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5 Dangerous Myths About Extreme Heat

Updated: Jul 19

by Dr. Jen Caudle


When temperatures soar, staying safe is of utmost importance. Believe it or not, extreme heat can wreak havoc on our bodies. Here are 5 dangerous myths about extreme heat you shouldn't believe.


1) Electric Fans Are Good for Cooling


Many international organizations feel that when temps soar into the 90's, electric fans are not the best for cooling. "Electric fans may provide comfort, but when the temperature is in the high 90s, they will not prevent heat-related illness," says, the CDC.


Recently, however, some studies have questioned this guidance, suggesting that the use of electric fans might be okay in some conditions.


Just know that there is some debate about the topic and that electric fans may not always be ideal.




2) The Best Way to Prevent Heat Stroke is to Stay in the Shade


Staying in the shade, rather than the sun, is important for staying cool but air conditioning is the strongest protective factor against heat-related illness.


If you don't have air conditioning in your home, go to a friend's house, a local mall, or a library to spend time in air-conditioning. This alone will help lower your risk of heat illness.


3). Having a Few Beers Is Not a Big Deal


Having a few beers could be a big deal. It's hard enough to stay well hydrated in hot weather, but adding alcohol into the mix could become downright dangerous.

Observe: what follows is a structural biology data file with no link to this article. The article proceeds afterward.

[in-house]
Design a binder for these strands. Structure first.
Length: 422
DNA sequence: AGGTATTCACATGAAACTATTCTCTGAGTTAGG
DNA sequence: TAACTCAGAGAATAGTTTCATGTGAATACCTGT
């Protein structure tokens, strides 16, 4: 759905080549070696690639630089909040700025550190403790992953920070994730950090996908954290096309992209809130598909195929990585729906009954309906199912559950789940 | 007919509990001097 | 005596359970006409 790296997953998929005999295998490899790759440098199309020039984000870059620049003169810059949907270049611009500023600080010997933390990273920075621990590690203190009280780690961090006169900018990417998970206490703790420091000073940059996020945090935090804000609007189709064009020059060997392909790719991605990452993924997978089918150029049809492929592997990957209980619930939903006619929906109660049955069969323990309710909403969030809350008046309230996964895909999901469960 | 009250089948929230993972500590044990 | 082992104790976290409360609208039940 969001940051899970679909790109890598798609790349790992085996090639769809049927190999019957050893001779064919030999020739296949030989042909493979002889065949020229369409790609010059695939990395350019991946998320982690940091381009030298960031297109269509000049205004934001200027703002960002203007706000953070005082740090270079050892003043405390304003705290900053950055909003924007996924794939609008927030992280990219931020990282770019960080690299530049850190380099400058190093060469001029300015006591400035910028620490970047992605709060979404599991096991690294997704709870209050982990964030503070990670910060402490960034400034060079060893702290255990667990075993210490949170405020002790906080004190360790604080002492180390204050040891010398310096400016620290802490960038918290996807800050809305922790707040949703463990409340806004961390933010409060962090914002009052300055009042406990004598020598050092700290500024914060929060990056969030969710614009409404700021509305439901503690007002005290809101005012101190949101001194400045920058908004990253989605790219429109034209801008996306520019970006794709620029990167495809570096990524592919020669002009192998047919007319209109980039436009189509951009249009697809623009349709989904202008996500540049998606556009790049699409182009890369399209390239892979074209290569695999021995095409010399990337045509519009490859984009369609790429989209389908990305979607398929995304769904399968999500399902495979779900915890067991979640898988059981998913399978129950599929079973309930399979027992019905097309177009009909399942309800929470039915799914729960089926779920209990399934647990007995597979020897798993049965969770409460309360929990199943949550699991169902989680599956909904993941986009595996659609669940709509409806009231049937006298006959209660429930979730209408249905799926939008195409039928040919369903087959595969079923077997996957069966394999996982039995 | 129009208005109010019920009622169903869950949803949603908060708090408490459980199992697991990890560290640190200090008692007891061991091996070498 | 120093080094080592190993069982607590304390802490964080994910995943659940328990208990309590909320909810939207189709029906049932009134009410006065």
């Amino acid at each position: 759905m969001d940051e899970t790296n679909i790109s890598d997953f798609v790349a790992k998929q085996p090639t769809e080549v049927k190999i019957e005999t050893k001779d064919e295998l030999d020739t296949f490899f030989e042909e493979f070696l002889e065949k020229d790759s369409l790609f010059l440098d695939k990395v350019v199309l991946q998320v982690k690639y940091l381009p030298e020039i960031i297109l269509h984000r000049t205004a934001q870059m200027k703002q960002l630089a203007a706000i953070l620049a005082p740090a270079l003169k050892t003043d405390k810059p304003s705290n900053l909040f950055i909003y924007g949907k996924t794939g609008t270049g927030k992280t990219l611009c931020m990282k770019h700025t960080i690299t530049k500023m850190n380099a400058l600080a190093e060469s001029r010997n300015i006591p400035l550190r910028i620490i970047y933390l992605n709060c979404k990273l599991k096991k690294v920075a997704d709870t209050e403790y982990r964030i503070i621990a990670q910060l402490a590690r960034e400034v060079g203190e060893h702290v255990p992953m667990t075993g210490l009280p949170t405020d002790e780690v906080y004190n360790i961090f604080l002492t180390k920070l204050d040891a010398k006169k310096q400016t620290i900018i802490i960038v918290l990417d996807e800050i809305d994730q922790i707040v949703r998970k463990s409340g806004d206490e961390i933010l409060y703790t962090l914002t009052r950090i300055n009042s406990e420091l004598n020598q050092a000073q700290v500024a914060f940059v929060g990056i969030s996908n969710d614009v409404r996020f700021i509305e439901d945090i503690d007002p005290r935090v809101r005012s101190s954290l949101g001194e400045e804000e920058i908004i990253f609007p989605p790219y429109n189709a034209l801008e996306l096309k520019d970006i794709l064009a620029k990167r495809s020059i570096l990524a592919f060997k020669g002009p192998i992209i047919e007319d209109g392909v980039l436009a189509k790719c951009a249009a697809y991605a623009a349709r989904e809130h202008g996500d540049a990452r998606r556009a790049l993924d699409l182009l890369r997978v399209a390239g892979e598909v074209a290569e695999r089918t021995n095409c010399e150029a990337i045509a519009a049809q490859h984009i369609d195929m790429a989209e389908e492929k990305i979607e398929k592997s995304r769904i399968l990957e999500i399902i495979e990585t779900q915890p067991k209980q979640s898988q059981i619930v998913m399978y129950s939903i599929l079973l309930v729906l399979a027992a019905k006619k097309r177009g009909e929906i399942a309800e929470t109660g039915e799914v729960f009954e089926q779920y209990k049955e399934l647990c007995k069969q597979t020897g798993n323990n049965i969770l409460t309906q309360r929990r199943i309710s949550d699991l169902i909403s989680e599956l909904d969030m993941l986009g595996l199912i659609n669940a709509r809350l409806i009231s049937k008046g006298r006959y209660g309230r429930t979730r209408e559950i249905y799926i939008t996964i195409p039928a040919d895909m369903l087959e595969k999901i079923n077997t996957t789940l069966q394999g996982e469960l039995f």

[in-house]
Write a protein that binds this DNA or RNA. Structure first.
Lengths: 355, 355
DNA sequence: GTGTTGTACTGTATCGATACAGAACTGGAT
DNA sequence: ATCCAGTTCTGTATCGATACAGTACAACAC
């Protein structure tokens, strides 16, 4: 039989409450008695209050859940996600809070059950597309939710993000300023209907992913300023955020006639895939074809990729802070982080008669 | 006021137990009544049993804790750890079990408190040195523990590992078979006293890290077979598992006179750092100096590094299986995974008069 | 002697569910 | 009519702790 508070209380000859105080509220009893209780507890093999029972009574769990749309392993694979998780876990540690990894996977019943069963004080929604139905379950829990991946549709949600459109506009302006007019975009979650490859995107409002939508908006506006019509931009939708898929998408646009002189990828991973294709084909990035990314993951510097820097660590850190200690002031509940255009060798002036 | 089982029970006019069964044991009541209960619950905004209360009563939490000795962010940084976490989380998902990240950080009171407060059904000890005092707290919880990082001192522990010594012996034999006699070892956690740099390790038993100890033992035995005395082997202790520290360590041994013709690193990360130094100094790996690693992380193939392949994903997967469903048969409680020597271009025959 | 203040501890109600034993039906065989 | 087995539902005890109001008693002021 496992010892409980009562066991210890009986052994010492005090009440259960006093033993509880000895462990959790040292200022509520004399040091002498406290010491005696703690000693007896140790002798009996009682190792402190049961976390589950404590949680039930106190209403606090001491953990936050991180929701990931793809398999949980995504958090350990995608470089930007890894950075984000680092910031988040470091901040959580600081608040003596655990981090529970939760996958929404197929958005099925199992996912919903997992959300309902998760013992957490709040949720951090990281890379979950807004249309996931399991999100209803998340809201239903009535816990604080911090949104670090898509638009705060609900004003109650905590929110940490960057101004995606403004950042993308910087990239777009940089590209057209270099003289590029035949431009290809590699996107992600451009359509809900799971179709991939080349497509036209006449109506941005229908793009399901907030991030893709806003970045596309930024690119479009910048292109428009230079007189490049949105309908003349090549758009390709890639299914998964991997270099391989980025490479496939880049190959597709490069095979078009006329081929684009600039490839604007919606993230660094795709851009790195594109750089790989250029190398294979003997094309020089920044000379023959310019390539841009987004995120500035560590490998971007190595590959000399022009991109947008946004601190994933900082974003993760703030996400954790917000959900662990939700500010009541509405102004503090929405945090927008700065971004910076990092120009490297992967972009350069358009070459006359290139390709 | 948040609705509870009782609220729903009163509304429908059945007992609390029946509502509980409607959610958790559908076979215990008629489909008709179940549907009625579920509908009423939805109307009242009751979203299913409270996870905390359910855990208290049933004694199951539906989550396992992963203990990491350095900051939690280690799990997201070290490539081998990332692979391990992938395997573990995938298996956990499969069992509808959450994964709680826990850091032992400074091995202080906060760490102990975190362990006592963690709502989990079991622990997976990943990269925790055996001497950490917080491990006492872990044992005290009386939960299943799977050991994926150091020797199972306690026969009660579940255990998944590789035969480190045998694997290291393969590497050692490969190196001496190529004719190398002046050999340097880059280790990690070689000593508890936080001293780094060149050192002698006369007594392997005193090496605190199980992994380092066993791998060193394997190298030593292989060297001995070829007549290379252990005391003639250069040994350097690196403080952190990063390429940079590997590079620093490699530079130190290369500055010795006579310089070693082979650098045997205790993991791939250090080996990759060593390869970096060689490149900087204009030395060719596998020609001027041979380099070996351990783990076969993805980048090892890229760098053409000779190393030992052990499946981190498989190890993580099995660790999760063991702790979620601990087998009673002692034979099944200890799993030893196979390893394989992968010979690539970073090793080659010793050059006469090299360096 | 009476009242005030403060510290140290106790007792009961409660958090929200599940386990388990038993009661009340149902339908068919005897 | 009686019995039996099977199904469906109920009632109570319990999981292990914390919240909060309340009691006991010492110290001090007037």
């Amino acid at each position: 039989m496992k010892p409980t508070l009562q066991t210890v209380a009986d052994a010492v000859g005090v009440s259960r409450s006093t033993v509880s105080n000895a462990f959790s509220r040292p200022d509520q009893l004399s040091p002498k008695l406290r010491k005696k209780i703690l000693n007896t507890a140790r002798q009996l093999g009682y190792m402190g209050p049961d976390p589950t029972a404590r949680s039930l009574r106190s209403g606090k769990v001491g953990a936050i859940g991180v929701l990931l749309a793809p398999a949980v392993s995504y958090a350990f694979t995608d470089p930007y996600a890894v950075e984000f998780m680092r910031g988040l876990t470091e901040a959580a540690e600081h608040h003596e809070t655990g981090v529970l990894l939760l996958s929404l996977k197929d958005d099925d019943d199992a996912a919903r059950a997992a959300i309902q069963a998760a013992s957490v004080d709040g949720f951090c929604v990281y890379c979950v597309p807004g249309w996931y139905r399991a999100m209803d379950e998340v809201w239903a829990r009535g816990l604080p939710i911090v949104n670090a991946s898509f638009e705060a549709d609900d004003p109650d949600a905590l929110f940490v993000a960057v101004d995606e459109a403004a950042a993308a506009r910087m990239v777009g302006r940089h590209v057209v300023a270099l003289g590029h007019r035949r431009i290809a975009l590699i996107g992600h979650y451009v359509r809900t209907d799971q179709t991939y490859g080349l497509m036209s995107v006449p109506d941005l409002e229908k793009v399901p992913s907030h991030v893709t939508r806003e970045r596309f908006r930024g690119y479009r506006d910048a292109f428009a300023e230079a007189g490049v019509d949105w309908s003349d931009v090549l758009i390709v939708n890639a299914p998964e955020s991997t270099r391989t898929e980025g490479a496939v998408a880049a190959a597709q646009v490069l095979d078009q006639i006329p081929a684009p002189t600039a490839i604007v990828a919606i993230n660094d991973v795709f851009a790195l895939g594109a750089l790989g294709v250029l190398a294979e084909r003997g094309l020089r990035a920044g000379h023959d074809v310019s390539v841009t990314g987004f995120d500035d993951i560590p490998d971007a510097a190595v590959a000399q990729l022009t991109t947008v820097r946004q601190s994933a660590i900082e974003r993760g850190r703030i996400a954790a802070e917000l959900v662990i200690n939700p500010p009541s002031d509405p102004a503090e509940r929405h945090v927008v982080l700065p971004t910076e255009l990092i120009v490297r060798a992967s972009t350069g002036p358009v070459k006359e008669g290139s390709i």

Alcohol is a diuretic, which means it helps release fluid from the body (coffee and soda is too, btw). This is why you pee so much when drinking alcohol. In extreme heat, losing extra fluid could be problematic because it can promote dehydration. During high heat, make sure you opt for non-alcoholic drinks to stay hydrated.




4) Everyone Has the Same Risk for Heat Illness


This is definitely not true. While it's true that anyone can get heat illness, some people are at higher risk. Folks at highest risk include the following:

  • Infants and young children

  • People 65 years of age or older

  • People who are overweight

  • People who overexert during work or exercise

  • People who are physically ill, especially with heart disease or high blood pressure, or who take certain medications, such as for depression, insomnia, or poor circulation



5) Heat Stroke Can Be Managed Without Medical Care


This is not advisable. If you know someone has heat stroke or if you're concerned they might have heat stroke you should seek medical care for them- which means calling 911- while doing your best to help cool them in the meanttime. Heat stroke is a medical emergency that can cause serious harm to the body. Learn more here: https://www.cdc.gov/disasters/extremeheat/warning.html


Stay cool in the heat, loves!

Dr. Jen


Dr. Jen Caudle is a board-certified Family Physician, Associate Professor at Rowan University, tv health expert, and video creator. Sign up to receive Dr. Jen's Daily Health Tips to get daily emails (Mon-Fri) with health information you can use to live a healthier life. Follow her on Facebook, YouTube, Instagram, and TikTok.




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